• Premium SSDs are the next best performing and are well-suited to production workloads with all but the highest performance I/O requirements that may benefit from using Ultra SSDs.
  • Standard SSDs are the least expensive SSD option and are suitable for production workloads with low I/O performance requirements such as web servers and lightly used applications.
  • Standard HDDs use spinning disk technology and are therefore the least expensive option but also provide the lowest performance. Use them for backups and infrequently accessed applications.

Azure disks give you the freedom to attach and detach from different VMs. They will maintain their data but the data is only usable when a disk is attached to a VM. You will inspect a VM with two disks attached to it in this Lab Step.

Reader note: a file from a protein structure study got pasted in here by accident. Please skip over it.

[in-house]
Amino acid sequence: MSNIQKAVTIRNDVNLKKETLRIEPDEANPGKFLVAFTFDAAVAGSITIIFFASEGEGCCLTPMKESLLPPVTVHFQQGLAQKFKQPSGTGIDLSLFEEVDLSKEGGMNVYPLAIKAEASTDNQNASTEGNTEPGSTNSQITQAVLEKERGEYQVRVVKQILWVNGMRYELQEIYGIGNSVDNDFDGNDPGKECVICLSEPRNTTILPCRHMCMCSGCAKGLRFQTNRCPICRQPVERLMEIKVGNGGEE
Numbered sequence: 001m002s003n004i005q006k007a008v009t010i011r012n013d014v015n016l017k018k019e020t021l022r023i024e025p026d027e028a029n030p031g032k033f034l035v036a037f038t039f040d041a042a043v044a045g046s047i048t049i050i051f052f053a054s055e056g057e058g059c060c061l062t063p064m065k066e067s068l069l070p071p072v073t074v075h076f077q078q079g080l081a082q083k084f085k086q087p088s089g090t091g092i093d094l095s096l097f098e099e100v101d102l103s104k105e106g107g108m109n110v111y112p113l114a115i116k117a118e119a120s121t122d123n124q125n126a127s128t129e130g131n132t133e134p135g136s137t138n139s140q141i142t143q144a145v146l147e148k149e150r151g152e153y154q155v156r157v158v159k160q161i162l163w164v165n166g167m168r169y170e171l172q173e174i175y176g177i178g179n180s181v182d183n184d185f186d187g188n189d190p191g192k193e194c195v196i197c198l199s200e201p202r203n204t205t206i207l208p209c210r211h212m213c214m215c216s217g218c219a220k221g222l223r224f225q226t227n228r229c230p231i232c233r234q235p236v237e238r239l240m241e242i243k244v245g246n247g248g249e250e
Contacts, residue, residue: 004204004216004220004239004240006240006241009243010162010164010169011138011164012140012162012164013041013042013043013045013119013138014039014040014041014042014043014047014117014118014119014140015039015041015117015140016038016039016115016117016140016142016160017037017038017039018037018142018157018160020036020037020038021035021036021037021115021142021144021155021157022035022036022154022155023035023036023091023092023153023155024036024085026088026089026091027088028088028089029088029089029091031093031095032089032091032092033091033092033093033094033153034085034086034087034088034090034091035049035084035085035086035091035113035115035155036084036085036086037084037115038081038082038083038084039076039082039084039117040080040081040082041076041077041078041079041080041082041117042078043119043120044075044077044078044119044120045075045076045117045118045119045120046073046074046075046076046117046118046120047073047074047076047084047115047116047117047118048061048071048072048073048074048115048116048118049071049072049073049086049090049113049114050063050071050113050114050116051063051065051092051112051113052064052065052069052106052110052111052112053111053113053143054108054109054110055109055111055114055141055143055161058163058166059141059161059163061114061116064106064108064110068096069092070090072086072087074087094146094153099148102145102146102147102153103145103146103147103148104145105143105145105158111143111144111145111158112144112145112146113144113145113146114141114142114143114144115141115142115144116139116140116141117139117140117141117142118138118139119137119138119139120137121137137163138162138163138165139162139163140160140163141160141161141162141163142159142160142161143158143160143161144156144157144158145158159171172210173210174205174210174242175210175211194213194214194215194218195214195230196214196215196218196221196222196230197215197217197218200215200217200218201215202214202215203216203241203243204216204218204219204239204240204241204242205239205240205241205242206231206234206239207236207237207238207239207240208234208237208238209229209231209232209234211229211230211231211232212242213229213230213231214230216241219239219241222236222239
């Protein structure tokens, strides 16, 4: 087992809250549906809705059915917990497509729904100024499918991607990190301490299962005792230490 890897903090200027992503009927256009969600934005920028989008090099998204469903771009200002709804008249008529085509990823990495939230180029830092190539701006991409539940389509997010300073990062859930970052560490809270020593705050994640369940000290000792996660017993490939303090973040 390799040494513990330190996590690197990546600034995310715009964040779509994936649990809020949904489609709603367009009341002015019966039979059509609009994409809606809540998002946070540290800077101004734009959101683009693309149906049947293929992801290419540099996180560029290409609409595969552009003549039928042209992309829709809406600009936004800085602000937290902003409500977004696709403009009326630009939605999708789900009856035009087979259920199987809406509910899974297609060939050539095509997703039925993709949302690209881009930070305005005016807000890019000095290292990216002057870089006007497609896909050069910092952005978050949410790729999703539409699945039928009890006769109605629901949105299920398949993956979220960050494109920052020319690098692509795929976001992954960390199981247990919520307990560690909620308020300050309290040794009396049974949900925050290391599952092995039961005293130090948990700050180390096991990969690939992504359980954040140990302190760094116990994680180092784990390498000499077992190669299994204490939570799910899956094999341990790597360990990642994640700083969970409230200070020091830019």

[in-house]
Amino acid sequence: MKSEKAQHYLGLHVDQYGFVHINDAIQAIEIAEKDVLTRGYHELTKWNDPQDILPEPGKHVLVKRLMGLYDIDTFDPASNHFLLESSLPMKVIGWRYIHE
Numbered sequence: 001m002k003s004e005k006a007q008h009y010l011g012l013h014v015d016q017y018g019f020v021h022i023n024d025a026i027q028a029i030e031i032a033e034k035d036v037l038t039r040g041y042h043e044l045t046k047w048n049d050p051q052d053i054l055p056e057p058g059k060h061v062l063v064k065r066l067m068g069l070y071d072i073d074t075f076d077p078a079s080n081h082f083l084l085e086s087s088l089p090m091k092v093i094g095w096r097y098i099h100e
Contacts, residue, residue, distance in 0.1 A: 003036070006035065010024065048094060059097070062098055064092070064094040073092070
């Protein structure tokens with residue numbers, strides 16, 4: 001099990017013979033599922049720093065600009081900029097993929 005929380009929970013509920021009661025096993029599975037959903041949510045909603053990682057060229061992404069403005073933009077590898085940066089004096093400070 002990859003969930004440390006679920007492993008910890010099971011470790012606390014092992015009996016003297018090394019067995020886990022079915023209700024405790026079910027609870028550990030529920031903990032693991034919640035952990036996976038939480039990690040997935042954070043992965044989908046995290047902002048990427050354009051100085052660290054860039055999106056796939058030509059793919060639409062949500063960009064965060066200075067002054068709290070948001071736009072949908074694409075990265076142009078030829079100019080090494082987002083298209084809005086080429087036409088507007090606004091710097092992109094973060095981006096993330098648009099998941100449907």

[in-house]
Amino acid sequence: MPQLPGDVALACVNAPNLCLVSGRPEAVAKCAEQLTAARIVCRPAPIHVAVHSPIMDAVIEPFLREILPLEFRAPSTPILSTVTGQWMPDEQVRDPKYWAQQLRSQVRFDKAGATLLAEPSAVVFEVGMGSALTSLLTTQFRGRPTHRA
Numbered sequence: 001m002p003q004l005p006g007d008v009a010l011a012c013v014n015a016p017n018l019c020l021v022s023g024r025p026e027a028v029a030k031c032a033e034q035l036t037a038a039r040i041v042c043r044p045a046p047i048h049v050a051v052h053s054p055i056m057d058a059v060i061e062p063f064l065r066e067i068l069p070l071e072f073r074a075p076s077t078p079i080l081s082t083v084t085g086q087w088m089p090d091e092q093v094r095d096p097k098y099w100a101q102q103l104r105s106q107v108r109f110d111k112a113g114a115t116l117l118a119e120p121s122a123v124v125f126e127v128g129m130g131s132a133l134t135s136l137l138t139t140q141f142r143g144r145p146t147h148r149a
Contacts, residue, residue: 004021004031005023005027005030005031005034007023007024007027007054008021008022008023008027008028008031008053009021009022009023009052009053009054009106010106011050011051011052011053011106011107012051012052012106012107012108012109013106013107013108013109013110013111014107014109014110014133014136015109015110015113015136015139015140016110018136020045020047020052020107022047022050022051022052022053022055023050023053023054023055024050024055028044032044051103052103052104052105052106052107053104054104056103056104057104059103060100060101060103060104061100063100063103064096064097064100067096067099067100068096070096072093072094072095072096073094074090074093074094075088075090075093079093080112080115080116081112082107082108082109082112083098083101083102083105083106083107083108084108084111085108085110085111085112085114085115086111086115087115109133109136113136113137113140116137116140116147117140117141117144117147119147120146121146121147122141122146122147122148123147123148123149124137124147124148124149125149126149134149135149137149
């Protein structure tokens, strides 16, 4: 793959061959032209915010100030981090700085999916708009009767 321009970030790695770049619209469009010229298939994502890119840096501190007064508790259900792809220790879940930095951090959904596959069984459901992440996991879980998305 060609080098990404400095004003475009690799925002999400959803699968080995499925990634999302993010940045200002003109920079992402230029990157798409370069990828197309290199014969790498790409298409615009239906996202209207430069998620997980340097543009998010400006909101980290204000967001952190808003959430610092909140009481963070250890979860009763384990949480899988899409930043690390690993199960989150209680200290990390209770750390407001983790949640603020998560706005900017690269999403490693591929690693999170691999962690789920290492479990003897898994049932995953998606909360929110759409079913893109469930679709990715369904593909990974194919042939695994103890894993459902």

Virtual Machines

Each VM has one OS disk which contains the operating system and is used to boot the VM.

All disks are encrypted at rest automatically and transparently to any users. This means if someone were to steal a physical disk from an Azure data center the physical disk would be encrypted and unusable.

This is true for all data in Azure storage accounts. However, for Azure disks, you can also encrypt the virtual disk at the operating system level. This is referred to as Azure Disk Encryption (ADE).

This protects against someone attempting to copy your Azure disk and attach it to an Azure VM because they would not be able to decrypt the data without the encryption key. Azure recommends enabling ADE for production workloads.

Azure automatically provides a Temporary Storage disk that will be lost forever once the VM is deleted, while Azure disks can be attached and detached from VMs and persist their data. The data disk the VM has attached to it is not automatically formatted and does not appear in the list. Each operating system provides tools to format the data disks, but that is outside of the scope of this Lab.